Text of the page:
·          Gender-responsive disaster risk reduction and resilience building
·         Changing negative social norms and gender stereotypes

Nonhlanhla: Phumzile Mlambo-Ngcuka, who we are very proud to say is South African and the UN Under-Secretary-General and Executive Director of UN Women, delivered a speech on the 1st of October 2020 on the 25th anniversary of the Fourth World Conference on Women. She made some statements about some of the remarkable progress made since 1995, stating that women are now increasingly participating in peace processes. That gender-related crimes in conflict have been recognized and are prosecuted under international law. The lives of young girls and women have benefited from increased school enrolment and advances in maternal health and bodily autonomy. Recognition of the girl child as having distinct and different challenges has allowed harmful practices like the female genital mutation (FGM) to be tackled.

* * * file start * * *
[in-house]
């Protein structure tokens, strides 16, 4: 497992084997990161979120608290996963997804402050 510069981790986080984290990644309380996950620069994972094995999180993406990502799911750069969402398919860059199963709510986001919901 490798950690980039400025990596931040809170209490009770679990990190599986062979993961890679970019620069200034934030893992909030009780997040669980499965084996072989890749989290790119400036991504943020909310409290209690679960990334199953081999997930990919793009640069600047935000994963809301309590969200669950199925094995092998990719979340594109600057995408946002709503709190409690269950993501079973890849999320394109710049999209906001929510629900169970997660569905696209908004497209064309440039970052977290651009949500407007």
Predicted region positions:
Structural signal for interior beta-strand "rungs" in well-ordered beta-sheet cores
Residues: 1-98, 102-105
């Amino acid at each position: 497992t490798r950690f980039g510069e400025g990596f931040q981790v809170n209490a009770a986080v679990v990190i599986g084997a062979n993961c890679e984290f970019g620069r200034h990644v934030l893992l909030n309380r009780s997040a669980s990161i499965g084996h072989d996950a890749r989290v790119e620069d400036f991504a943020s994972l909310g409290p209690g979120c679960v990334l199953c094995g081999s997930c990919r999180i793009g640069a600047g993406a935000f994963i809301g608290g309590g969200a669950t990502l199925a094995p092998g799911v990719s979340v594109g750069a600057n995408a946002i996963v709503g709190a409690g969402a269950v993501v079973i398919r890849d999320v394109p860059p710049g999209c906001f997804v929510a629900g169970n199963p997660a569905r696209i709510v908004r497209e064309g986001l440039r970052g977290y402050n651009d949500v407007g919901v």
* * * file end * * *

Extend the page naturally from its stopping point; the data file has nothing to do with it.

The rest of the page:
Slindokuhle: Imperfect though it may be, the Beijing Platform for Action is the strongest statement of consensus on women’s equality, empowerment, and justice ever produced by governments. The Beijing Platform is a consolidation of the previous UN conference agreements in the unique context of seeing the world and its problems through women’s eyes. It is an agenda for change, fuelled by the momentum of civil society based on a transformational vision of a better world for all.

Nonhlanhla: In 1945, the founding of the United Nations (UN) was a decisive and courageous moment. At that time, however, there were no women of state or government. In 1995, in Beijing, there were 12 women heads of state or government. Now there are 22 women leaders among 193 countries. Women’s leadership, including that of young women, is vital. The younger generation is demanding these changes. Women are now calling for a leap to 50% representation, or parity in all spheres, including cabinets, corporate boards and throughout the economy.
It is time for action to change the course of history for women and girls, especially women between the ages of 25 to 34 who are increasingly more likely to live in extreme poverty than their male counterparts. The UN helps to address issues that bring an end to discriminatory laws, norms and all forms of gender-based violence including homophobia, to end men’s violence against women and girls in particular, and to make a concerted effort to put women at the heart of climate justice.